Running as sport is something that I’ve never appreciated. When I was a in middle school, the majority of girls played field hockey. I didn’t like this idea for two reasons: first, who plays sports in a skirt? and second, I hate running. One look realizing that field hockey practice was almost as tedious as what the track team was doing and I realized it wasn’t the path for me.
In 2015, when I arrived in Hungary I made a decision that I was going to be conscious about being active and caring for my body (check out this previous blog post) and along with that came the concept of running. To some, running is life giving, it’s been a means of exercise and endorphins for years and remains a way to destress. For me, it was the opposite. It lasted about a month and a half until a few things happened…
1. The weather got colder.
Circumstances often dictate activity… as the seasons change often times our activities do as well.
2. I compared.
Guilty as charged I had a roommate (Mandy) who ran literally most of her life, when I realized that I couldn’t keep up with her rather than still pursuing something that was good for me, I was discouraged and quit.
3. I got insecure.
As I recognized that I never would be as good a runner Mandy (self-inflicted) it wasn’t an encouragement to be better than “Lauren was” a self-condemnation that I’ll never be as good as Mandy in any sense. Guys your “lie detector” should be going off in full effect right now. Sure, I wasn’t as good as her in many ways, but that’s because my gifts & strengths are just different than hers… (1 Peter 4:10-11)
Truly, “comparison is the thief of joy” – Theodore Roosevelt. So as I sit here, nearly 6 months to the day after boarding a plane back to the United State I see how comparing my life “here” to my life “there” is an equally dangerous thing. I’m missing out on moments of joy in Pennsylvania when my mind is preoccupied with what “could have been” rather than what is. You see, being in America is exhausting, at moments I’ll be honest I feel like a failure… this isn’t where I planned to be, and I have lost some ability to relate to certain people, and gained a new sense of compassion and connection with others. Ultimately, being in a place of humility birthed in truth is freeing.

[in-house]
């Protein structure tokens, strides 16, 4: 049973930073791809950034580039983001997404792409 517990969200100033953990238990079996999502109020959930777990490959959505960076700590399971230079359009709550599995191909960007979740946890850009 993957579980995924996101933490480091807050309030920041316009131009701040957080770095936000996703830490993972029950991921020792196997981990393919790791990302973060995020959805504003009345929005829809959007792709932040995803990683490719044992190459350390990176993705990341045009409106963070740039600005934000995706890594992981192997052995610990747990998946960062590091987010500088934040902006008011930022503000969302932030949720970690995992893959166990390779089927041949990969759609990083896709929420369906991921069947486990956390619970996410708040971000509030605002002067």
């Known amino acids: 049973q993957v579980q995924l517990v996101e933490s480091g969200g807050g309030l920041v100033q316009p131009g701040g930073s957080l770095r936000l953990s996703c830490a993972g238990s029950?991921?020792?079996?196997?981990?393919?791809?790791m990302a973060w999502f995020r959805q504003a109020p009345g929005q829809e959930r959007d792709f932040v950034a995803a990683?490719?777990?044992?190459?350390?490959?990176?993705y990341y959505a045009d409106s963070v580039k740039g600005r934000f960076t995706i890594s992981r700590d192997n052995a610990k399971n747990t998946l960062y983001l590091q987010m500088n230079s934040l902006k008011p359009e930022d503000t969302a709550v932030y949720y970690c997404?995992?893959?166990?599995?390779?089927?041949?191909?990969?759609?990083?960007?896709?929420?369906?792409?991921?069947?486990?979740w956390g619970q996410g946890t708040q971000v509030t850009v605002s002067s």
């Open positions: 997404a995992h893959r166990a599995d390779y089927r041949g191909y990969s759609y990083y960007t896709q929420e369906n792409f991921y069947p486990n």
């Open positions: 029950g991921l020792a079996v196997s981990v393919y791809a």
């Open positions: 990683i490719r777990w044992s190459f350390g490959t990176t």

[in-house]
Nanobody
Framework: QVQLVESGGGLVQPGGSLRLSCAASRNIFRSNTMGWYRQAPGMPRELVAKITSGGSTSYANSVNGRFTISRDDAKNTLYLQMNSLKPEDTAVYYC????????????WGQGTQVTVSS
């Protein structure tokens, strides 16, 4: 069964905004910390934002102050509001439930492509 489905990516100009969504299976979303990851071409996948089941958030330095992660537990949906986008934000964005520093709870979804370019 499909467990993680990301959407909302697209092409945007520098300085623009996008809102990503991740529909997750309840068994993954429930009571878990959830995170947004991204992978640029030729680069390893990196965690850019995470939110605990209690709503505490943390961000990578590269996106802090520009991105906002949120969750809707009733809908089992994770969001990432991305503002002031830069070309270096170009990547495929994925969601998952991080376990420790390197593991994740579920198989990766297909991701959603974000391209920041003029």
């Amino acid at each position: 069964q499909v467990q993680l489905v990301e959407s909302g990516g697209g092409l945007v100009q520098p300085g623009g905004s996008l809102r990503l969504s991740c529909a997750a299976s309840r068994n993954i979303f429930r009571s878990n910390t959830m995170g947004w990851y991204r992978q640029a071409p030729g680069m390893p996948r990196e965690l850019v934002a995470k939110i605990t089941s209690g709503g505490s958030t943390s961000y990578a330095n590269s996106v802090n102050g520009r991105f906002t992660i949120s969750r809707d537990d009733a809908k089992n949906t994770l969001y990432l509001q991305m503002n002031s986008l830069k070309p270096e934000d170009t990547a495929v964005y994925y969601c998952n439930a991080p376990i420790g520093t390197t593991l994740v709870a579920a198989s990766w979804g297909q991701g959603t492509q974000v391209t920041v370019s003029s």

So what’s the point, how does this tie together, a running fail a year ago and my life today? It’s easy to be “running on empty” when others or past experiences dictate how you live & feel about yourself.
About a month ago, I decided on a whim to run a 5K, on 2 weeks notice… Did I win? No way! Did I set any records? only my personal record (last time I tried to run a 5K I walked 3/4 of the time). Here’s a shout out to Pepé who ran beside me encouraging me through the moments when I said “I can’t do this … or … without you by my side, I’d be walking right now.” Am I going to become a runner? It’s pretty unlikely, I actually haven’t run since that day!
I’ll wrap with more words from Mr. Roosevelt I was reminded of yesterday…
“It is not the critic who counts; not the man who points out how the strong man stumbles, or where the doer of deeds could have done them better. The credit belongs to the man who is actually in the arena, whose face is marred by dust and sweat and blood; who strives valiantly; who errs, who comes short again and again, because there is no effort without error and shortcoming; but who does actually strive to do the deeds; who knows great enthusiasms, the great devotions; who spends himself in a worthy cause; who at the best knows in the end the triumph of high achievement, and who at the worst, if he fails, at least fails while daring greatly, so that his place shall never be with those cold and timid souls who neither know victory nor defeat.”
How are you taking risks these days?